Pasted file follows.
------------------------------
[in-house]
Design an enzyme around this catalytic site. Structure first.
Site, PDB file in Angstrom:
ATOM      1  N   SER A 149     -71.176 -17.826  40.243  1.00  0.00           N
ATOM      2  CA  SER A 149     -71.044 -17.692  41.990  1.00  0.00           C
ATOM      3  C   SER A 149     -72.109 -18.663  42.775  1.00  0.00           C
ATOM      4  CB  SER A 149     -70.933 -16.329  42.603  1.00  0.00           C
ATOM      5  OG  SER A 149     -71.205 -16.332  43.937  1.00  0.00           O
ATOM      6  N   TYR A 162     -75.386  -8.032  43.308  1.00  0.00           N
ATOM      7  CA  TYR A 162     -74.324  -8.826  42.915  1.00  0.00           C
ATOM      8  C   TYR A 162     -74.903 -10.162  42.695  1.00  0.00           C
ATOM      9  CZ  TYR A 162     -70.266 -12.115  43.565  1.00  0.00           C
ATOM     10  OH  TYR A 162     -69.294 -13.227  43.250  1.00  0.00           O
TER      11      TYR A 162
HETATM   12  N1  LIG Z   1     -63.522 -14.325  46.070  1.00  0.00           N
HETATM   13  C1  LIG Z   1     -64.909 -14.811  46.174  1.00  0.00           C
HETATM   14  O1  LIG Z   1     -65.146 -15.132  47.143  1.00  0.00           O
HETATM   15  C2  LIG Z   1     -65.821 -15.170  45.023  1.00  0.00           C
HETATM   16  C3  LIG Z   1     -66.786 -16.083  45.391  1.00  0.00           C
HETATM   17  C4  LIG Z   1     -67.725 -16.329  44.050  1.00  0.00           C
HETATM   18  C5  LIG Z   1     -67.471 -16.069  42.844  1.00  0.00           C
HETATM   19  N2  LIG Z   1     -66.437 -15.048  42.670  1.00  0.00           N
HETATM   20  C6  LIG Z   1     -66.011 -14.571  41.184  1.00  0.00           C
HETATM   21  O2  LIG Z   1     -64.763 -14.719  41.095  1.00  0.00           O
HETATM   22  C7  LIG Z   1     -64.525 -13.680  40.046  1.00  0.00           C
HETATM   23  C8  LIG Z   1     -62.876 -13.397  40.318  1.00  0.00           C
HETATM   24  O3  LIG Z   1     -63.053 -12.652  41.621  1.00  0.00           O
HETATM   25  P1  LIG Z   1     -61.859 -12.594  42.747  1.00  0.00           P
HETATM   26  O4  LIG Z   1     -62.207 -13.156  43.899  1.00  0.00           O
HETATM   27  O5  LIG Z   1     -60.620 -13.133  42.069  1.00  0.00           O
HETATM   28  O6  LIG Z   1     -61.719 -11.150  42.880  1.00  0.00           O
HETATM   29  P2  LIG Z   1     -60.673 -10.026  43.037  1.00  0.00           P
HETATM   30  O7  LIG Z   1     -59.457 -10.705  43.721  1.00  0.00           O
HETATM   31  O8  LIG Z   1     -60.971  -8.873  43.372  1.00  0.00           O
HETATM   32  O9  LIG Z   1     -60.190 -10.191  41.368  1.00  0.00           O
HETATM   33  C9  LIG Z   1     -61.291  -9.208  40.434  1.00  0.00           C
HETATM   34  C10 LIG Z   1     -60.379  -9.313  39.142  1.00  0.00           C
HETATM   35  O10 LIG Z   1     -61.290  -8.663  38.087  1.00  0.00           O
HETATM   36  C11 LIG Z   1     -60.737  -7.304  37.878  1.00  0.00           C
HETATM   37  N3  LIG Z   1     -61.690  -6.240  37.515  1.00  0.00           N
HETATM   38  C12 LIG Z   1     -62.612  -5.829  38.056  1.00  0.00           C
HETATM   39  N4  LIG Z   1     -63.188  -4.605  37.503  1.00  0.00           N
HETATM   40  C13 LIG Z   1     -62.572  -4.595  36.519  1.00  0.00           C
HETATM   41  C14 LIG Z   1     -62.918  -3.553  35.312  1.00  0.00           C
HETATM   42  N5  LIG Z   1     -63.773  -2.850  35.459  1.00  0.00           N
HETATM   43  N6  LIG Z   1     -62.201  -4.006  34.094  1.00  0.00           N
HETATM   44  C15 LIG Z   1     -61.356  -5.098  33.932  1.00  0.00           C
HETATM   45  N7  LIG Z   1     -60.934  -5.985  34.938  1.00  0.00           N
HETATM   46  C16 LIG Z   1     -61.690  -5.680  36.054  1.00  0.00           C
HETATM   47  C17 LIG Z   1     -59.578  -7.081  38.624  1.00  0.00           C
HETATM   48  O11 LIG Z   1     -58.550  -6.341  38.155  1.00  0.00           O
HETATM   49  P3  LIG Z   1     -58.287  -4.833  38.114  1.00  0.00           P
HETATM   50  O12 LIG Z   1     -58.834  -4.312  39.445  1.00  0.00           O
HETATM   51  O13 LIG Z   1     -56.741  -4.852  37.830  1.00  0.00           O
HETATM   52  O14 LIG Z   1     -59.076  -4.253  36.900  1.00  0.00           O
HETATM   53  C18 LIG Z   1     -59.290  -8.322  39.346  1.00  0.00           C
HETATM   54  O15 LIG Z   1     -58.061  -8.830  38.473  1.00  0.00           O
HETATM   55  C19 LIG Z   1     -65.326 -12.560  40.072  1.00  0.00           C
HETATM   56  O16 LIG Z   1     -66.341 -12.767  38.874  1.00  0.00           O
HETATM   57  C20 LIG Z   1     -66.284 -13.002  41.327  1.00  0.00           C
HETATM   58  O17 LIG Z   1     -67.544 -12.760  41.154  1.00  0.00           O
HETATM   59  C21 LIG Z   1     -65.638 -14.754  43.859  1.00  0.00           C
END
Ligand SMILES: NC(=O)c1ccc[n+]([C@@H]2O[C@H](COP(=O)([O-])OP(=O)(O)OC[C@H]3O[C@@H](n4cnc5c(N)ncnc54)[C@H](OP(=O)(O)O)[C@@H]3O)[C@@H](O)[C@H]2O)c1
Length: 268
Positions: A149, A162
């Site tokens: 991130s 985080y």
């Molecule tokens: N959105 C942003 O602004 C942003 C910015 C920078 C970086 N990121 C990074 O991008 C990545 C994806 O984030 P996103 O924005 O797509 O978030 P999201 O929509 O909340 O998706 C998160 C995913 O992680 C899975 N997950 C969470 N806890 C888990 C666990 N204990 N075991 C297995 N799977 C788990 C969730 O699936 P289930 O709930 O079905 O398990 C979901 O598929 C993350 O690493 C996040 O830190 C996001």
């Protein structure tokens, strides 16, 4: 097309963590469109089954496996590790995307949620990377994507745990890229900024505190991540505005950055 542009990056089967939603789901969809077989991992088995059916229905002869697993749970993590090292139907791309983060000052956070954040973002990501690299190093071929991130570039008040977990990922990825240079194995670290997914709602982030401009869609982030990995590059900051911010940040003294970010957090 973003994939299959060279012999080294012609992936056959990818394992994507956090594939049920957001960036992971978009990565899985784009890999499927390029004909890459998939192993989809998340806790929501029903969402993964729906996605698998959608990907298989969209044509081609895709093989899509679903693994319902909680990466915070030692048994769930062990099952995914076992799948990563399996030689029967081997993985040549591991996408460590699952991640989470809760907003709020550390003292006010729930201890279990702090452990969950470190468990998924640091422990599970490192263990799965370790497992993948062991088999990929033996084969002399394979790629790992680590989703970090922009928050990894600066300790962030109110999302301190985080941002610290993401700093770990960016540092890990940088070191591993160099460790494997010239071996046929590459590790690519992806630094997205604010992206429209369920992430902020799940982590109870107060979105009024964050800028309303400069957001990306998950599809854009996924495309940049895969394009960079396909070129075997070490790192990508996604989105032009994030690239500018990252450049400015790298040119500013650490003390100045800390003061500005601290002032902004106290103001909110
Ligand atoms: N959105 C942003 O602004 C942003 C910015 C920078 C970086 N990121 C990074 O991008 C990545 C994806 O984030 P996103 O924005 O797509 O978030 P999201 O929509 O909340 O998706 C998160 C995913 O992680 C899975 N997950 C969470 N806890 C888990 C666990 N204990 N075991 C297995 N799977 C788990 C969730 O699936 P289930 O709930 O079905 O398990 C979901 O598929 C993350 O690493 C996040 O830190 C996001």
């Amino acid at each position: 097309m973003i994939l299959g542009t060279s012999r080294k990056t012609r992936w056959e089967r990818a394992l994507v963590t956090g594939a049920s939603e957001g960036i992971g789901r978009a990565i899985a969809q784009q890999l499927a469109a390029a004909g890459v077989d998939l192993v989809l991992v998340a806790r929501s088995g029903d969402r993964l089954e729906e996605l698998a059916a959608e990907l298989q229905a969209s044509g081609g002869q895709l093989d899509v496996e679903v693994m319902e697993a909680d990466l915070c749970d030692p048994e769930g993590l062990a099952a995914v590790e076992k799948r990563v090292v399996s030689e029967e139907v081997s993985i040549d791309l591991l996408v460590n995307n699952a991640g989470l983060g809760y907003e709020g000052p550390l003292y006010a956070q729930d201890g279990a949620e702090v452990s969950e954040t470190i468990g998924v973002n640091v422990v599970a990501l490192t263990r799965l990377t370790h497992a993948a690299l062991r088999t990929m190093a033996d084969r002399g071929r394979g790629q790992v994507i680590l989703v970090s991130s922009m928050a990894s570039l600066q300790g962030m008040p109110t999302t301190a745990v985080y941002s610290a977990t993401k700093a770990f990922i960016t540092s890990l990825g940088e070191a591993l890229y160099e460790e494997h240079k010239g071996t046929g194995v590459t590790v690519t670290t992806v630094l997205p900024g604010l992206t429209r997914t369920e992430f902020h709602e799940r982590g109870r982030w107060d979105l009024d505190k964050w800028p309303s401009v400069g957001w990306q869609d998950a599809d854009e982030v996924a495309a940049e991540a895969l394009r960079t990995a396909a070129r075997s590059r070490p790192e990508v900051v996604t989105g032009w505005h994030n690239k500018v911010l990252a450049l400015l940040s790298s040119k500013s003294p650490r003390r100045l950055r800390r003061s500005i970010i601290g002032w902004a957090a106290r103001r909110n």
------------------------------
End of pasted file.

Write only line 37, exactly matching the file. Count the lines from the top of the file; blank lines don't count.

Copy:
HETATM   34  C10 LIG Z   1     -60.379  -9.313  39.142  1.00  0.00           C